Beautiful Creatures Review: Compelling, Intelligent Fantasy Might Just Be The Next Twilight
Though this adaptation of Kami Garcia and Margaret Stohl’s praised novel is sure to earn instant comparisons to the inconceivably…
Though this adaptation of Kami Garcia and Margaret Stohl’s praised novel is sure to earn instant comparisons to the inconceivably popular Twilight franchise, Beautiful Creatures is in fact a far gamier slice of teen pulp, steeped less in punishing self-seriousness, and presenting characters – specifically a potent female role model – who audiences can root for.
Director Richard LaGravenese (Freedom Writers, P.S. I Love You) probably could have shot this material through with the minimum effort and made a modest success out of it because, frankly, there’s definitely one way to make a very boring and familiar version of this film.
The story, of a misfit, Lena (Alice Englert), who arrives in a sleepy southern American town and finds herself torn between the supernatural forces within her and the love of the new boy in her life, Ethan (Alden Ehrenreich), more than echoes the narrative of Stephenie Meyer’s vampiric romance, but like any film, it’s all about the execution.
From the moment we meet protagonist Ethan – who is essentially the film’s “Bella” – it’s clear this is a fantasy that wants to do things a little differently. Ethan might speak with a heavy southern drawl, but he’s a thoughtful soul, a keen reader of Kurt Vonnegut who can’t wait to escape his sleepy town and head to college.
Through the early insights into his character and the town around him, we observe how LaGravenese subverts and satirises the dark heart of closed-off southern conservatism, specifically as this pertains to the town’s religious zealots, spearheaded by the God-fearing de facto spokes-loon, Mrs. Lincoln (Emma Thompson).
Through one fiery exchange between her and Lena’s uncle, Macon (Jeremy Irons), we get a hilarious picture of blind belief gone awry that’s also tellingly true. But don’t dismiss the film as veiled pedagogy against the Church; there are a few benevolent persons of faith, specifically Ethan’s surrogate mother Amma (Viola Davis), who transfixes Lena with her belief in God despite her awareness of a very different incorporeal realm.
Englert’s Lena – yes, the “Edward” of the story – is admittedly a more ordinary oddball character, reclusive and pasty, and anticipating a critical event on the eve of her 16th birthday, as she will be “claimed” by either the forces of good or of bad.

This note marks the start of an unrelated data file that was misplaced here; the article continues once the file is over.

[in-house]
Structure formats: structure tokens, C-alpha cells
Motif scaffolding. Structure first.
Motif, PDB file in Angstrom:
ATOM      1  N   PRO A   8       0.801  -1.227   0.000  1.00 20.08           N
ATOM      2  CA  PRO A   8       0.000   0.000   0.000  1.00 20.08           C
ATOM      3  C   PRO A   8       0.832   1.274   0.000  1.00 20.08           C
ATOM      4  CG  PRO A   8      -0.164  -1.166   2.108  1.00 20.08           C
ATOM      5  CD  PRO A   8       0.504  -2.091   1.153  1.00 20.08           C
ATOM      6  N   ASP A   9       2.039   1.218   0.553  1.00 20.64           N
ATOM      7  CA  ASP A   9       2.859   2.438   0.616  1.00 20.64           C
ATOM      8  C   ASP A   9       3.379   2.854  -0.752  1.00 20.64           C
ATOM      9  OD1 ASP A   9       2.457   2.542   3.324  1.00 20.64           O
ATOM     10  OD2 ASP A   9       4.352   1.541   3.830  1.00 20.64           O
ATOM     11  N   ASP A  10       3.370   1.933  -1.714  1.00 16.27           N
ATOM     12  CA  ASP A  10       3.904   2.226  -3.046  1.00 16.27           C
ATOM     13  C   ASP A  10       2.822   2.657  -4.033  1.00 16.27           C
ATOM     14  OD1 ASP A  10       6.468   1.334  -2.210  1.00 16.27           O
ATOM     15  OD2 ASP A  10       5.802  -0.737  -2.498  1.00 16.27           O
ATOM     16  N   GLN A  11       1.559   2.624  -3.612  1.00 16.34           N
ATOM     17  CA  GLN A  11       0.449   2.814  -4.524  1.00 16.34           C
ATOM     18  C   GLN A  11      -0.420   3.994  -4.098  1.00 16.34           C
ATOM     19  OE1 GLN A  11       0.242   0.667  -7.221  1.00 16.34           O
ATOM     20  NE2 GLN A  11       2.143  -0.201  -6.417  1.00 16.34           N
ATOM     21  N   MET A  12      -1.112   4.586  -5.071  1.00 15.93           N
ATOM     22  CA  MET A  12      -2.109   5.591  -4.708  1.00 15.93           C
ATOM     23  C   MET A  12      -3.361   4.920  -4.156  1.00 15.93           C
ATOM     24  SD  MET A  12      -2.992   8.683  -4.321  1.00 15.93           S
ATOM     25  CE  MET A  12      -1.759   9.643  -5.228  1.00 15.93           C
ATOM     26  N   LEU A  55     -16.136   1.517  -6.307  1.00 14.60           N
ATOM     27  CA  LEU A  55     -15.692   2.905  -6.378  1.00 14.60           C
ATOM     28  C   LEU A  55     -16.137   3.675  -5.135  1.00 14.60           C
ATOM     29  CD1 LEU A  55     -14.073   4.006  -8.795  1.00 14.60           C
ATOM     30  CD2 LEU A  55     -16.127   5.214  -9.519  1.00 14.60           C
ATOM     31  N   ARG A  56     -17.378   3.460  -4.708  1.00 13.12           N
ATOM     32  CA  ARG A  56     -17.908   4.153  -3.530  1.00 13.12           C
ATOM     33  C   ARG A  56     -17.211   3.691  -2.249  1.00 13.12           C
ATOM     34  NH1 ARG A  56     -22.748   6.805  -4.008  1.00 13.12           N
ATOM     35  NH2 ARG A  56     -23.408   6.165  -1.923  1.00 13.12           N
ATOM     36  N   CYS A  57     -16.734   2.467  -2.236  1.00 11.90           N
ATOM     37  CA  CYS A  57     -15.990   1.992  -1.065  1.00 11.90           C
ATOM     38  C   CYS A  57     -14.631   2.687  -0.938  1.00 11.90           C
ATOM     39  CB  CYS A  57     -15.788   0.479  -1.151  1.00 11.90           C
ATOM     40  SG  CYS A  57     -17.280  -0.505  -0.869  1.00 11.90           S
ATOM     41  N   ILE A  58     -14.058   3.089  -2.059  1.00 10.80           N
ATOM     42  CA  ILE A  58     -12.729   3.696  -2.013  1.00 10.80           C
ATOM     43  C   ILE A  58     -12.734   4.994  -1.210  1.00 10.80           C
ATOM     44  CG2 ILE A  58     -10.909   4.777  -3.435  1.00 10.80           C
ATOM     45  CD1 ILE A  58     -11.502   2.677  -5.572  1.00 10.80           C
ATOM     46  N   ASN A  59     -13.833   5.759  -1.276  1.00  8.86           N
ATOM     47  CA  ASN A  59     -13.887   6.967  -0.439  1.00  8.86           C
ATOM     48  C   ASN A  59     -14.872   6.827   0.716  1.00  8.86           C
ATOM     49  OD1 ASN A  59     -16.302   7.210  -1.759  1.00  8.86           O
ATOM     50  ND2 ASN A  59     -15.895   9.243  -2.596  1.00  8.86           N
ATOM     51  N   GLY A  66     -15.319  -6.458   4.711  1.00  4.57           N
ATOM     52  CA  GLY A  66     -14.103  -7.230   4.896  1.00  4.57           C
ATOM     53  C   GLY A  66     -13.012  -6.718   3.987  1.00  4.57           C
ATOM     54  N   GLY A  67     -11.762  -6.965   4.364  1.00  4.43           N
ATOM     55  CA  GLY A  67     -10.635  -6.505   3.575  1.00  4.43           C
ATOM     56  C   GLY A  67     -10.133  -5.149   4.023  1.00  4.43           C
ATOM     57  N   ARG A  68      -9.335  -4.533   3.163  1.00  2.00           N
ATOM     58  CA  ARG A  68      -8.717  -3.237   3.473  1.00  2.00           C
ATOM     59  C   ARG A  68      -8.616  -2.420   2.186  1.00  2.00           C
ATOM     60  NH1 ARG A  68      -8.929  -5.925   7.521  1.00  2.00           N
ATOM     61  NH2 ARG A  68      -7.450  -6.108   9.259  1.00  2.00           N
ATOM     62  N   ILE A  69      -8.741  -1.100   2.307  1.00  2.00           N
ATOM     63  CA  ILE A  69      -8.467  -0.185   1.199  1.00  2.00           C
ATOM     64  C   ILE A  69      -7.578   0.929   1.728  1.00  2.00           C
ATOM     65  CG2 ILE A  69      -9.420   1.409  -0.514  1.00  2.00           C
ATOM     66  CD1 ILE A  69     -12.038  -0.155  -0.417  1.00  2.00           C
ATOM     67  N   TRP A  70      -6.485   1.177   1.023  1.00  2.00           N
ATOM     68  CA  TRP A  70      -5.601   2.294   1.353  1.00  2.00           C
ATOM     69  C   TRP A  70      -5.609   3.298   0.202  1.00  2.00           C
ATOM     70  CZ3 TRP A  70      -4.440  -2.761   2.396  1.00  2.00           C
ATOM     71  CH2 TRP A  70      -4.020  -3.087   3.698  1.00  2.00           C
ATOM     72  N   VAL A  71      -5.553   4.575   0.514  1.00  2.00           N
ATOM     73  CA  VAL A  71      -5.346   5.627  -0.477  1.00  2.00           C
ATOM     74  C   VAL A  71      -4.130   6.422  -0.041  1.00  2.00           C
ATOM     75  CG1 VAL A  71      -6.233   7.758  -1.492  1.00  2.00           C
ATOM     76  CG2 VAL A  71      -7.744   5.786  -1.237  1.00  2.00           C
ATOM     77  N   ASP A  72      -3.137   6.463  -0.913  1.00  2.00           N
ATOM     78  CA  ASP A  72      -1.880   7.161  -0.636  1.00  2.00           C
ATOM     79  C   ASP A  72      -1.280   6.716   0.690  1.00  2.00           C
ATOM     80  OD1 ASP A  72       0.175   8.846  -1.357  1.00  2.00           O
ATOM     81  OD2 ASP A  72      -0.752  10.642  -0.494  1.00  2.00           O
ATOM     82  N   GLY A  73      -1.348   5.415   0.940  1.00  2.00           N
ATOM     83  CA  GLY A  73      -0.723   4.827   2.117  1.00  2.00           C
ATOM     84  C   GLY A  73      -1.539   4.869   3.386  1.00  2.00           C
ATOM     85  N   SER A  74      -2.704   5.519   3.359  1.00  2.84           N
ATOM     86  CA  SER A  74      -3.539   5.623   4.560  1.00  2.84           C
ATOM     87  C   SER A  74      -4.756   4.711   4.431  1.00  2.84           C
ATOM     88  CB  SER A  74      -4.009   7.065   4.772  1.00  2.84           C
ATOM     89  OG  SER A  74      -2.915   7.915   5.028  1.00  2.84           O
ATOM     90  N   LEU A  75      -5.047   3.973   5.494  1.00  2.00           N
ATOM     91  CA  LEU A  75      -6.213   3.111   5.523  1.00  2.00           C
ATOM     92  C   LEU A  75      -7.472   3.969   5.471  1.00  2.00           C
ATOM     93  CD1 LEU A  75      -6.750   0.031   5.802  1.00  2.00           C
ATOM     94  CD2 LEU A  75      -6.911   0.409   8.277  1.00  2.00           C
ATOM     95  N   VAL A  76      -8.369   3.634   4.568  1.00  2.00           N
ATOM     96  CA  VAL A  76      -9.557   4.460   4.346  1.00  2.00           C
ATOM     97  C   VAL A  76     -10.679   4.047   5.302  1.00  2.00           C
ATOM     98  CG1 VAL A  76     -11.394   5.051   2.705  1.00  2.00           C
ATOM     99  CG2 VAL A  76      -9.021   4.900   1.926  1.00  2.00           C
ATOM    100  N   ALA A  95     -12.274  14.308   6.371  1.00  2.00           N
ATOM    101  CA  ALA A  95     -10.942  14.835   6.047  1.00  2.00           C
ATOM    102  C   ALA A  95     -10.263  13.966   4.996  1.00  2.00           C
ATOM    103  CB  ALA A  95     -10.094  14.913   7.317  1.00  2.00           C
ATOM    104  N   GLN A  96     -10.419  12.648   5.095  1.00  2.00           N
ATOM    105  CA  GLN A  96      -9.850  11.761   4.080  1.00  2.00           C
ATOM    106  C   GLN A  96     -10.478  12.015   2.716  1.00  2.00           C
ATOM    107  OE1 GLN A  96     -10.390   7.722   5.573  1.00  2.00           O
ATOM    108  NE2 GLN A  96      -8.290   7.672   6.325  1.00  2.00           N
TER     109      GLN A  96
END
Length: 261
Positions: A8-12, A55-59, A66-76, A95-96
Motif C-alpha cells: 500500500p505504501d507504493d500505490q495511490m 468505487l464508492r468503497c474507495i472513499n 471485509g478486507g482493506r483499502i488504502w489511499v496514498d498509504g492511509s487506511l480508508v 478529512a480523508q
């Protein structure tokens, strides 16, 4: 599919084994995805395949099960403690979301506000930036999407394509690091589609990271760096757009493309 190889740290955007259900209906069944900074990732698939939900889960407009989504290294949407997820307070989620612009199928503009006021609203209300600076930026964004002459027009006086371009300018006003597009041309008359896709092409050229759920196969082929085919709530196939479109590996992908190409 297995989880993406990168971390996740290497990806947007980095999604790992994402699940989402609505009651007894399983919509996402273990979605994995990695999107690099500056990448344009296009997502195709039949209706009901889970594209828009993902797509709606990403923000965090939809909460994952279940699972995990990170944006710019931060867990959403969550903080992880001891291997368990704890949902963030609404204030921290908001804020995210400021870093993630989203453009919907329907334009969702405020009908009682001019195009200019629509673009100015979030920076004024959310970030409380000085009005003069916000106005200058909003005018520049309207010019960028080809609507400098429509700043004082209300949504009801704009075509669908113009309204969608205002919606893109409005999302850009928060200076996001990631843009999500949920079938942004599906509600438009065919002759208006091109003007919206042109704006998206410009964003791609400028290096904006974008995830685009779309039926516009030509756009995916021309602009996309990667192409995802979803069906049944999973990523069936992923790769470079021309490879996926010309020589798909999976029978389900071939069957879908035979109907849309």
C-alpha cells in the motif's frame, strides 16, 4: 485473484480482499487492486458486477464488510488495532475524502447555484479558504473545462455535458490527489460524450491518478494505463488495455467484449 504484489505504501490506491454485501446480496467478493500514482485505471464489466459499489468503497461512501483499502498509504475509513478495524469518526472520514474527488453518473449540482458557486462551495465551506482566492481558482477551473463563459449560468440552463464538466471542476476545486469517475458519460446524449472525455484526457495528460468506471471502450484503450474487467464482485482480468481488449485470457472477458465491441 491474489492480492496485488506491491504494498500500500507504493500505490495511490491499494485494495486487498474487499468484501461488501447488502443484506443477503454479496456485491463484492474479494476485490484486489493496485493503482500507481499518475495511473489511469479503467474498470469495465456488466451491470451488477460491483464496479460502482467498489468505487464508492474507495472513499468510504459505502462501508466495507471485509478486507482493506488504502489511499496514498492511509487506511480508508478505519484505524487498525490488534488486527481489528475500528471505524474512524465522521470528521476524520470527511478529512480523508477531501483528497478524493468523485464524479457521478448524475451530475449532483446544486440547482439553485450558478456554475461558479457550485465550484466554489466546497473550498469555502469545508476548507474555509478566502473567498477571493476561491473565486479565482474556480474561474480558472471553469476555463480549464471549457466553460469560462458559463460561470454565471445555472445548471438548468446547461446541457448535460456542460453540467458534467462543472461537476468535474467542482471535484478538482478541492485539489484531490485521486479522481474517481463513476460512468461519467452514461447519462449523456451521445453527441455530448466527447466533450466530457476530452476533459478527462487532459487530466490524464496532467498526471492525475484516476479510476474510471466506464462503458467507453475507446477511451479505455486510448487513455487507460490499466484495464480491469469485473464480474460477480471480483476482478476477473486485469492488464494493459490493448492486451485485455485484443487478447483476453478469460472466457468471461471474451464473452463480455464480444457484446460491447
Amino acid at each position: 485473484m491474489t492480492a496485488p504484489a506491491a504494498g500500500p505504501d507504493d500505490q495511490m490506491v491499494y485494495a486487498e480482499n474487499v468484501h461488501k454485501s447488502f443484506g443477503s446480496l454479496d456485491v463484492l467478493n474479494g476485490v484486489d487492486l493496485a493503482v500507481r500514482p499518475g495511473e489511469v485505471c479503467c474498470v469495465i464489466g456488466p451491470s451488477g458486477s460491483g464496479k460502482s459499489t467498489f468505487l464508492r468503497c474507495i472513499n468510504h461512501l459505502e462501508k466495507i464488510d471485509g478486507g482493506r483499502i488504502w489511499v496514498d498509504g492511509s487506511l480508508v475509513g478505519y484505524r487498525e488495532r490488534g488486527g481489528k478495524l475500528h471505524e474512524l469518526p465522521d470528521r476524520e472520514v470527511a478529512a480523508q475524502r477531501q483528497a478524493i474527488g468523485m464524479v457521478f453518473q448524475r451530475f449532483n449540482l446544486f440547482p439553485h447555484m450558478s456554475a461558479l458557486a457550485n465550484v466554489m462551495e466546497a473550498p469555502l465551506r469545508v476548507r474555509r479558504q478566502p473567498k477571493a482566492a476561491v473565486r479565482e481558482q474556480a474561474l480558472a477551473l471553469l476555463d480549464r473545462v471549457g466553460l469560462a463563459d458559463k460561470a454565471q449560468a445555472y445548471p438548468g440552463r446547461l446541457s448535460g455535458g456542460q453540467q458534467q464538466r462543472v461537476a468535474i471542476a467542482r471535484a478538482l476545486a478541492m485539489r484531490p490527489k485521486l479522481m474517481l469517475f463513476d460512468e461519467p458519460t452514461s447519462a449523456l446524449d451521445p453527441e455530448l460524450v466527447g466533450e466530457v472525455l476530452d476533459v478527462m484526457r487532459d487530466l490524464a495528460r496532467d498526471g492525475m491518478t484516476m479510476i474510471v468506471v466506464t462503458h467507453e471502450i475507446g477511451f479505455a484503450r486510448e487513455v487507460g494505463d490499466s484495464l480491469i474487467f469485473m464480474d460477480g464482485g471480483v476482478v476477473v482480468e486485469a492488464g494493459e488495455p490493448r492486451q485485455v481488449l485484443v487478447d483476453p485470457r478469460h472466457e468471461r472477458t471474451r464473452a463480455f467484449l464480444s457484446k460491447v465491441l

Englert, an appealing lead who perfectly nails the dour cynicism of her character, is also alluring as a chirpier love interest once the relationship with Ethan begins to blossom. The palpable chemistry of the actors gives this romance a pulse that Twilight couldn’t even begin to aspire to, treating itself with a more grounded regard and steering clear of the suffocating portent that quickly sank that franchise’s early promise.
Despite running in at over two hours, there’s largely admiration to be had for LaGravenese’s devotion to character development over incident; the opening reel barely begins to delve into the otherworldly, instead selling us the frisson between Ethan and Lena, and building this imposing world of isolated ignorance in the remote south. Sure, not all the back-stories work – it seems like just about everyone has at least one dead relative in this town – but in creating a mood and an atmosphere, it is certainly successful.
It all builds to a finale that, like the Twilight films, has to suffer under ropey visual effects, but is largely permissible because there’s plenty going on beneath it, and LaGravenese smartly doesn’t overplay the sentiment card. Twists are unfurled without bombast, and things end on an emotionally gratifying note that will no doubt enrapture the teens who will mostly comprise its audience.
For adults taking their kids along, there’s also plenty to relish; Thompson and Irons are especially great fun as the hammy elders at opposite ends of the spectrum. Thompson, spouting a ridiculously exaggerated southern accent and getting to frolic around in silly corsets, is clearly having the most fun, while Emmy Rossum’s brief appearance as Lena’s sister Ridley – an evil temptress who has already been claimed by the dark forces – is deliciously sinister and brimming with sexual energy.
Though sure to do more for teenage girls than just about anyone else, it’s proof to all demographics that these stories can work on a broader level when filmmakers take care to assemble a good cast and furnish them with a script that’s actually had some consideration. This is a wiry slice of subversive Southern Gothic that will go down a treat with teens who consider themselves too smart for Twilight.
Beautiful Creatures is in cinemas now.